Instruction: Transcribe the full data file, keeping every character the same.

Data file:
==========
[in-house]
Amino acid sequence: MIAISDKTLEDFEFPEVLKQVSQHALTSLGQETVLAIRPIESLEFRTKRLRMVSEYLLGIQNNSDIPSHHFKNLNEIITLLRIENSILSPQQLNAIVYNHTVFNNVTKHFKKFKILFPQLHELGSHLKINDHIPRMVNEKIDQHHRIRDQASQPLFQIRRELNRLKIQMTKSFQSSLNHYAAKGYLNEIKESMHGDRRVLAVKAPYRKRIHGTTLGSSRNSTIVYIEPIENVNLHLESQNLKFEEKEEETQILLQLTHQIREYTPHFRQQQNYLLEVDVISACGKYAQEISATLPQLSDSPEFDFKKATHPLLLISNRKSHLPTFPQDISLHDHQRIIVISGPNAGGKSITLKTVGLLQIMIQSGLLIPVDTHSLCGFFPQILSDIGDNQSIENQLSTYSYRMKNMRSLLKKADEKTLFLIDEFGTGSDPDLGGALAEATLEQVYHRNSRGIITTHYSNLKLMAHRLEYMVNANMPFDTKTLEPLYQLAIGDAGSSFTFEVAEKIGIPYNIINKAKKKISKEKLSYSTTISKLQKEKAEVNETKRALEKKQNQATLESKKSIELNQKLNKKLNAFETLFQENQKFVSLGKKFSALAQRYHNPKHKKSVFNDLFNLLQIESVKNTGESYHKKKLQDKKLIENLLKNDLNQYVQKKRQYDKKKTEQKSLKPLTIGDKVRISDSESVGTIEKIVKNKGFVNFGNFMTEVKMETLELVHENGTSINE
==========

[in-house]
Amino acid sequence: MIAISDKTLEDFEFPEVLKQVSQHALTSLGQETVLAIRPIESLEFRTKRLRMVSEYLLGIQNNSDIPSHHFKNLNEIITLLRIENSILSPQQLNAIVYNHTVFNNVTKHFKKFKILFPQLHELGSHLKINDHIPRMVNEKIDQHHRIRDQASQPLFQIRRELNRLKIQMTKSFQSSLNHYAAKGYLNEIKESMHGDRRVLAVKAPYRKRIHGTTLGSSRNSTIVYIEPIENVNLHLESQNLKFEEKEEETQILLQLTHQIREYTPHFRQQQNYLLEVDVISACGKYAQEISATLPQLSDSPEFDFKKATHPLLLISNRKSHLPTFPQDISLHDHQRIIVISGPNAGGKSITLKTVGLLQIMIQSGLLIPVDTHSLCGFFPQILSDIGDNQSIENQLSTYSYRMKNMRSLLKKADEKTLFLIDEFGTGSDPDLGGALAEATLEQVYHRNSRGIITTHYSNLKLMAHRLEYMVNANMPFDTKTLEPLYQLAIGDAGSSFTFEVAEKIGIPYNIINKAKKKISKEKLSYSTTISKLQKEKAEVNETKRALEKKQNQATLESKKSIELNQKLNKKLNAFETLFQENQKFVSLGKKFSALAQRYHNPKHKKSVFNDLFNLLQIESVKNTGESYHKKKLQDKKLIENLLKNDLNQYVQKKRQYDKKKTEQKSLKPLTIGDKVRISDSESVGTIEKIVKNKGFVNFGNFMTEVKMETLELVHENGTSINE